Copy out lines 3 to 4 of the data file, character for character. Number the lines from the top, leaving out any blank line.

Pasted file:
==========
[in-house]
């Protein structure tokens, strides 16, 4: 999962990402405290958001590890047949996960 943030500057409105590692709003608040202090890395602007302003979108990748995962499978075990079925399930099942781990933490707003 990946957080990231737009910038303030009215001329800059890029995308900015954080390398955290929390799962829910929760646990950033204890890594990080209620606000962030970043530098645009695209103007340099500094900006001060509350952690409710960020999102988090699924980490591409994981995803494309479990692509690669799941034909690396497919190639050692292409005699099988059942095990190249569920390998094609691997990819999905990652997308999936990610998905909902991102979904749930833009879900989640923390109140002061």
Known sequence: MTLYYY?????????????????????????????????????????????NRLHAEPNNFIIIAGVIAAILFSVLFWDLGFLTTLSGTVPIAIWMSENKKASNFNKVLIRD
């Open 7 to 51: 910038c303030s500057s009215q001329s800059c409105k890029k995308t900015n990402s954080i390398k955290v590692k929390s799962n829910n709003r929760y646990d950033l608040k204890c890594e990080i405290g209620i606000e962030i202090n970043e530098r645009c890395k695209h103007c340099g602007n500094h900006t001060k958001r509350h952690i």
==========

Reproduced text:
Known sequence: MTLYYY?????????????????????????????????????????????NRLHAEPNNFIIIAGVIAAILFSVLFWDLGFLTTLSGTVPIAIWMSENKKASNFNKVLIRD
């Open 7 to 51: 910038c303030s500057s009215q001329s800059c409105k890029k995308t900015n990402s954080i390398k955290v590692k929390s799962n829910n709003r929760y646990d950033l608040k204890c890594e990080i405290g209620i606000e962030i202090n970043e530098r645009c890395k695209h103007c340099g602007n500094h900006t001060k958001r509350h952690i």